“Forty years of a shared life, boiled down to a few simple instructions: Keep the knives sharp. Put all your ingredients in little dishes. Read the whole recipe. Always wash your hands.”—Cooking Lessons for Life - NYTimes.com
“Need a troublesome tooth removed? No problem. Just stand by an open window and smile, fully exposing the tooth that you have clearly marked with a large red X. Do not move your head. Do not stop smiling.”
Photograph by Christopher Griffith.
This might be equally or less scary than an actual trip to the dentist.
“Just to mess with people. I told them that on the West Coast we have another peculiar tradition of removing your top and giving it to the person on your left to wear during the meal. It was hilarious, people bought it, including some of the East Coast Americans! We all removed our tops, and the men in women’s tops made the meal a constant state of laughter. We still do this each year, as there are always newbies with us.”—
“Realizing that you’re not really sure what “home” is anymore, because even though this is technically where you come from, you’re not sure you fit into the shape of the puzzle piece that you left behind. In a lot of ways, your time abroad felt much more like home, and maybe you won’t ever really feel settled until you can actually call it that — even if you’re all too familiar with how difficult immigration is. Being where you belong, maybe not today but someday, is something you’re willing to work for.”—The 23 Hardest Things About Moving Home After Living Abroad | Thought Catalog
“Getting so frustrated when people tell you how “lucky” you were to live abroad, when you know intimately how much tedious paperwork, hard work, and trying in the face of rejection it actually required. You know how little of it actually has to do with luck, especially when you’re actually working in your adopted country.”—The 23 Hardest Things About Moving Home After Living Abroad | Thought Catalog
“The good is always going to be rare. It just is. The good is rare. The valuable stones are rare stones. The valuable elements are rare. Really good comedy is always going to be in very short supply. It’s the way of it. And, when people get all upset that there’s 900 channels but there’s not much good on, I always think, what the fuck did you expect? Why, just because we, in the last 40 years, invented technology that enables everyone to constantly be entertained on 600 different platforms, did you think humanity was suddenly going to get 600 times funnier and more talented? No. This is what we have. Truly great movies are always going to be in short supply and look how now you have all of these movies available to you all the time, but I’m still going back and wanting to watch The Godfather and Godfather II. I’m still wanting to watch the few movies that really mean something or speak or me or the novels that you’ve read. How many really funny American books have there been? There’s so few…. That’s the nature of it.”—Conan on the scarcity of good, on one of my favorite podcasts, By The Way, In Conversation with Jeff Garlin (via wearethedigitalkids)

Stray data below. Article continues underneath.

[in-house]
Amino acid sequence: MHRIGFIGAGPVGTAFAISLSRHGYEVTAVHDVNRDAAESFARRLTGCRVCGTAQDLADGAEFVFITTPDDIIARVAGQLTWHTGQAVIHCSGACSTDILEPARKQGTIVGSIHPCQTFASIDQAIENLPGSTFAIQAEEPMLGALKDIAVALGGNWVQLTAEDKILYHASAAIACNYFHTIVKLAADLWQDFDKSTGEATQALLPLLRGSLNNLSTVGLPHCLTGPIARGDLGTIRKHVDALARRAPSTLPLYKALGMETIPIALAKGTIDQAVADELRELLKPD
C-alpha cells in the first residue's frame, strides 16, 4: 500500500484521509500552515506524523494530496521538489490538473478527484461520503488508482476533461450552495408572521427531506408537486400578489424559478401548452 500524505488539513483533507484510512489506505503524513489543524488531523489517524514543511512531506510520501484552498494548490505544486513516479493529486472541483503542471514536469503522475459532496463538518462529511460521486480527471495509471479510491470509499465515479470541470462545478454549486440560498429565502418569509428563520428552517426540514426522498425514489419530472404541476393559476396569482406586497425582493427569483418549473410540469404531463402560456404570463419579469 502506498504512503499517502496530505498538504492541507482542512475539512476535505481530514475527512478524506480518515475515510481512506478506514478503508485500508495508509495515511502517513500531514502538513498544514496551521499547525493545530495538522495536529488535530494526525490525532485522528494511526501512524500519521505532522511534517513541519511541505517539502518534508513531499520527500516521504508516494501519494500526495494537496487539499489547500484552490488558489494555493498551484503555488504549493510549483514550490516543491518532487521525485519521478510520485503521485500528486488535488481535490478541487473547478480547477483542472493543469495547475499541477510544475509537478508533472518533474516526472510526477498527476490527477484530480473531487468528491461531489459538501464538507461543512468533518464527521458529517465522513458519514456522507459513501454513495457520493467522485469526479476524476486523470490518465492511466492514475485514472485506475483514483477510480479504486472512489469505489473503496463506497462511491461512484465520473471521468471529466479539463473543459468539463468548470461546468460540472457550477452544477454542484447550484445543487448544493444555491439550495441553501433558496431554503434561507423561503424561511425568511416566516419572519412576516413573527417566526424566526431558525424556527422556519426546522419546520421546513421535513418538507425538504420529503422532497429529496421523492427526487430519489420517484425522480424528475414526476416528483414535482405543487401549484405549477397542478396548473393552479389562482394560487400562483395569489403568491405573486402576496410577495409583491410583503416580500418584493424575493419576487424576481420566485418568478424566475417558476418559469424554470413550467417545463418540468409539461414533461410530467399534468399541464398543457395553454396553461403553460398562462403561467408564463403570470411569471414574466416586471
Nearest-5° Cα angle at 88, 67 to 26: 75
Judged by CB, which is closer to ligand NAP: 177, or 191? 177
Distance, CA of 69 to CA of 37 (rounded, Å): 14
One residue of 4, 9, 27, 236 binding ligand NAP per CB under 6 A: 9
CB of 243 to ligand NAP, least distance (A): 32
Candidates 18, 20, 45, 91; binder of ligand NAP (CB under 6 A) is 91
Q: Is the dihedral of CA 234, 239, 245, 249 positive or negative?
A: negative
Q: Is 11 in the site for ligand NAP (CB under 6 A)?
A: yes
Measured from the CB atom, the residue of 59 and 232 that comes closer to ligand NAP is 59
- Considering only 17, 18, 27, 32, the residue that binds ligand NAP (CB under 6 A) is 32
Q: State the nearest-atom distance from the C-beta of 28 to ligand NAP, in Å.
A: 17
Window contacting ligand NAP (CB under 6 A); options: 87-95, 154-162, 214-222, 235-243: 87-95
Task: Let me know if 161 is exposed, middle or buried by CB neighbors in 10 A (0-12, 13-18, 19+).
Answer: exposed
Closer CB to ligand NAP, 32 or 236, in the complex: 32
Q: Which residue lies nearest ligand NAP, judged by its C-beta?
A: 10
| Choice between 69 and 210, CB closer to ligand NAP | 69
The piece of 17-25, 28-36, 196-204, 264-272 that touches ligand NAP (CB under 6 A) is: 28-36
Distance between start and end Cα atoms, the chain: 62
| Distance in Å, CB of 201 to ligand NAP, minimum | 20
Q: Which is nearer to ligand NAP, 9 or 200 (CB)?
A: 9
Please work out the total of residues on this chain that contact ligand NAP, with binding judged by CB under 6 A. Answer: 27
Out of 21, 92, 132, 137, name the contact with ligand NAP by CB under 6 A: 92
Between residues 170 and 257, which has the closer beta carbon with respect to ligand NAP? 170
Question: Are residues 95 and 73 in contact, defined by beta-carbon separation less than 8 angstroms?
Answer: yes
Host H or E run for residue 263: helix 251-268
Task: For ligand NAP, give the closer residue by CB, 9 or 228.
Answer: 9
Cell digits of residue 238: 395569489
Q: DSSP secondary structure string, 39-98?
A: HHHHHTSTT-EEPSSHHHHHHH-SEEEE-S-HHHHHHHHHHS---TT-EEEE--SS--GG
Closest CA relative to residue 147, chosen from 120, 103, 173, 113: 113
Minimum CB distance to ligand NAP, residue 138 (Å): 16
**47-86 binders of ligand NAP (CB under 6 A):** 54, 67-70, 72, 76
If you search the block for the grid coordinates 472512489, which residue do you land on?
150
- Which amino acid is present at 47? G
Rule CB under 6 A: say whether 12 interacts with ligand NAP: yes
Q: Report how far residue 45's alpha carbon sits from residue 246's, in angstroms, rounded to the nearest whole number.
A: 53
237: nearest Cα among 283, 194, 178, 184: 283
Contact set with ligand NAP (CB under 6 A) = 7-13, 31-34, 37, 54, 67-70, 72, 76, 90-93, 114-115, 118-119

“The Internet likes snacks – simple, focused products that capture an atomic behavior and become compound only by linking in and out to other services. This has become even more so with the shift to mobile. People check their phones frequently, in short bursts, looking for nuggets of information.”—The Internet is for snacking - Chris Dixon (via adamkatz)
“Travel isn’t always pretty. It isn’t always comfortable. Sometimes it hurts, it even breaks your heart. But that’s okay. The journey changes you; it should change you. It leaves marks on your memory, on your consciousness, on your heart, and on your body. You take something with you. Hopefully, you leave something good behind.”—Anthony Bourdain, No Reservations (via kateoplis)
“It’s just an accident that we happen to be on earth, enjoying our silly little moments, distracting ourselves as often as possible so we don’t have to really face up to the fact that, you know, we’re just temporary people with a very short time in a universe that will eventually be completely gone. And everything that you value, whether it’s Shakespeare, Beethoven, da Vinci, or whatever, will be gone. The earth will be gone. The sun will be gone. There’ll be nothing. The best you can do to get through life is distraction. Love works as a distraction. And work works as a distraction. You can distract yourself a billion different ways. But the key is to distract yourself.”—Woody Allen Interview - Woody Allen Blue Jasmine Quotes - Esquire